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The City Journals

Parent/Teacher Home Visit Project connects parents, teachers, students

Feb 17, 2020 02:40PM ● By Kathryn Elizabeth Jones

Principal Andrea McMillan showcases the number of homes visited so far this school year.

By Kathryn Elizabeth Jones | [email protected]

What makes your family special?

As you consider the answer to this question, reflect on this scenario: Two school teachers come into your home. They have pre-scheduled a visit with you, promising you that the visit has nothing to do with your child’s grades or school performance but something else. 

They want to get to know your child better, and they want to know a little more about you.

Savannah Maez, who has been teaching second grade for five years, frankly admits that the Parent/Teacher Home Visits Project offered at her school, and other Title One schools in the Granite Schools District, has taken some time to get going. 

“It’s hard to reach out to parents,” she said. “But once you get a few [visits] done, [the excitement] kind of spreads, and everyone just wants it.”

And that includes an excitement-filled interest from teachers.

“So, right now, I can barely contemplate walking into the bathroom to do what I need to do before we go out [on visits],” Mary-Jane Forbyn, who has been teaching fifth grade for 13 years, said. “On the other hand, once we get there, the excitement with the family is going to energize me, and you’re going to see me just perk up and re-bloom for the day.” 

As for the parents?

“People are really willing,” Maez said. It doesn’t take the parents long to discover that the home visits are just what was promised. Questions such as: “What are your hopes and dreams for your child?” “What makes your family special?” “What’s cool about your kid?” take the front row seat, and the worry about a report to the DCFS (Division of Child and Family Services) travels quickly out the front door.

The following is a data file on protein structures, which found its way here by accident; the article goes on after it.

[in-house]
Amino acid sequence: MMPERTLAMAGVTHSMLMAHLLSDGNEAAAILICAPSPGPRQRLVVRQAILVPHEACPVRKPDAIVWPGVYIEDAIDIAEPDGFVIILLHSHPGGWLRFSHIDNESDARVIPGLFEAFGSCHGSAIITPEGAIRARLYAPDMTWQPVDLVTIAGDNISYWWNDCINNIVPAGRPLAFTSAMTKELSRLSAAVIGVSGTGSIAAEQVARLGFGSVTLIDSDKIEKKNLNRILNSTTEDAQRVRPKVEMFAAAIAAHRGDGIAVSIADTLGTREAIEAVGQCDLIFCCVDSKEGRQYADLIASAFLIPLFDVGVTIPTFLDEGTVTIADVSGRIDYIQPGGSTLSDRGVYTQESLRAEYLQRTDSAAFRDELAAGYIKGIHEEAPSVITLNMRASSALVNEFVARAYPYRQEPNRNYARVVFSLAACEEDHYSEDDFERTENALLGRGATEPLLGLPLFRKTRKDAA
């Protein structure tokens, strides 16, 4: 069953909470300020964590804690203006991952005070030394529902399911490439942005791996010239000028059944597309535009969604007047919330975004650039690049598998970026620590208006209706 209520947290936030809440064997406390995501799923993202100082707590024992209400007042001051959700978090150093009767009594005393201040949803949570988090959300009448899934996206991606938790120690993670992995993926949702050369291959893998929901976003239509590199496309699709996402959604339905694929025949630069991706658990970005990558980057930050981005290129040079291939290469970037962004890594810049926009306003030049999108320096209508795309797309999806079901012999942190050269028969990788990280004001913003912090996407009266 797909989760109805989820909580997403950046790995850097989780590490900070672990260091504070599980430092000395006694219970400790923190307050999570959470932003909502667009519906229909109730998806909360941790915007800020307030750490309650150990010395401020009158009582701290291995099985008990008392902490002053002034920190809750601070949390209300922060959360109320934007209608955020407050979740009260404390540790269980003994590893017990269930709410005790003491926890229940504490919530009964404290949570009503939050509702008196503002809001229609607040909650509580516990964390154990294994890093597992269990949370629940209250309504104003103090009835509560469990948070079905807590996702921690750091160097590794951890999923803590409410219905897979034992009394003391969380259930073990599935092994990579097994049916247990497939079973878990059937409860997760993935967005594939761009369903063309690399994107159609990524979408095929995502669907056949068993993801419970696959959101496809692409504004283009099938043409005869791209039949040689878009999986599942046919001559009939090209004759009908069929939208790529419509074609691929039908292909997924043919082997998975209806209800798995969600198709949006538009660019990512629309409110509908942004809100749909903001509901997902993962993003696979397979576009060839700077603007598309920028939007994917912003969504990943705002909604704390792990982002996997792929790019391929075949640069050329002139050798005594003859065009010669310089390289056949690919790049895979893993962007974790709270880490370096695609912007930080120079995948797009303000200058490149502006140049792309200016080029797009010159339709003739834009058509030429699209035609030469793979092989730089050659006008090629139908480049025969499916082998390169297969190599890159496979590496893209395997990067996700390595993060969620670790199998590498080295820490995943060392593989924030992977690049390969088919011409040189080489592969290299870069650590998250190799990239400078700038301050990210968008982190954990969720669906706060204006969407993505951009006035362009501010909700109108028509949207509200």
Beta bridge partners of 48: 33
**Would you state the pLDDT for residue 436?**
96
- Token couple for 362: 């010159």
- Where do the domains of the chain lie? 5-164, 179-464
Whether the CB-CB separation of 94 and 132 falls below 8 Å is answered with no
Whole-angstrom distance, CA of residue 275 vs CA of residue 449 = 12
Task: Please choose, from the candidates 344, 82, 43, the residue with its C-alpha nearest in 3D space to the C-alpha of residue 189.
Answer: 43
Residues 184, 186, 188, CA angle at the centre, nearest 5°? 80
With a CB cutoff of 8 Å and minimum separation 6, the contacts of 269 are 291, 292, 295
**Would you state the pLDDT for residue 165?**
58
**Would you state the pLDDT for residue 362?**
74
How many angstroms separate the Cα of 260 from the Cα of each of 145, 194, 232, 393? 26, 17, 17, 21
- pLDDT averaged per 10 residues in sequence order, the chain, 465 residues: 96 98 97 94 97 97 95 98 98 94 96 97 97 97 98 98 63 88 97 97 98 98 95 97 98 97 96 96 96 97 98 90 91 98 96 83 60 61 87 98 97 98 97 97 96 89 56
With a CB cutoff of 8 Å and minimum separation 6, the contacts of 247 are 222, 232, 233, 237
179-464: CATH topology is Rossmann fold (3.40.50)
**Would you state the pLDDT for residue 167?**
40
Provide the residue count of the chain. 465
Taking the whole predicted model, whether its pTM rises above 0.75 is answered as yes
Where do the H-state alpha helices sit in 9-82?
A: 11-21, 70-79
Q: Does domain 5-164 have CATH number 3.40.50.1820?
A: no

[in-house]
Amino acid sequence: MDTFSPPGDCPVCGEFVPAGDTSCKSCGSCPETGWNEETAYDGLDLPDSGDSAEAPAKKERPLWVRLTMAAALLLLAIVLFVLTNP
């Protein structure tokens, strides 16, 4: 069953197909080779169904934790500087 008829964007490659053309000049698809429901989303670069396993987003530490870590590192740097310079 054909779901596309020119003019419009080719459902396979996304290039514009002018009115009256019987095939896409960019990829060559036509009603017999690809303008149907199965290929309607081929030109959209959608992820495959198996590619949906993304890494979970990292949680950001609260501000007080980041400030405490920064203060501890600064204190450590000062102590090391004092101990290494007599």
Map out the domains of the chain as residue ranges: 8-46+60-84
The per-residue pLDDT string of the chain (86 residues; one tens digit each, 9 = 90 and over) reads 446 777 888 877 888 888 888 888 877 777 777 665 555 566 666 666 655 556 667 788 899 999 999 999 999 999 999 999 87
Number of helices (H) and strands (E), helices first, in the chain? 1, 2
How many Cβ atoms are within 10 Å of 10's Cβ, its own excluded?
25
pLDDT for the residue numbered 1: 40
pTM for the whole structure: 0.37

“This is not a trash-your-child program,” Forbyn said. “This is a ‘how can we know you better? How can we connect with you better?’” 

Still, visits can be difficult to achieve at first, Principal Andrea McMillan said.

“When I first arrived here, I was the third principal in three years,” she said. “Because the community felt as if the school really didn’t care about them — especially after the security doors were put in for the safety of the students — and many felt like the school really didn’t care about the community anymore.” McMillan also said she felt the need to begin “planting the seeds of home visits.”  

Principal at Taylorsville for three years now, McMillan currently has 26 teachers (including educational assistants) who are on board with the Parent/Teacher Home Visits Project. These educators receive training provided by the Utah State Office of Education, travel in twos to homes of families in the Taylorsville Elementary School boundaries and are paid a stipend for their time. 

Not all educators are on board, however — they may have young children at home or feel uncomfortable about entering a home where they don’t know the individuals. But all those who participate are happy they’re engaged, especially when they see increased involvement from parents in various school programs or a child doing better in class because of the project. 

Still, there are things that even teachers don’t expect. 

“I think the biggest surprise for me is to see just how healthy the home environment is overall,” Forbyn said. “It’s easy to see a struggling kid as the one who comes from this horrible background or horrible circumstance. And then we get over there and we are meeting these loving families who have all their interest in their child that they should. And it’s been very nice for me to have my head turned on that.”

As for the students, Maez said the home Visits are “a badge of honor. They love it.”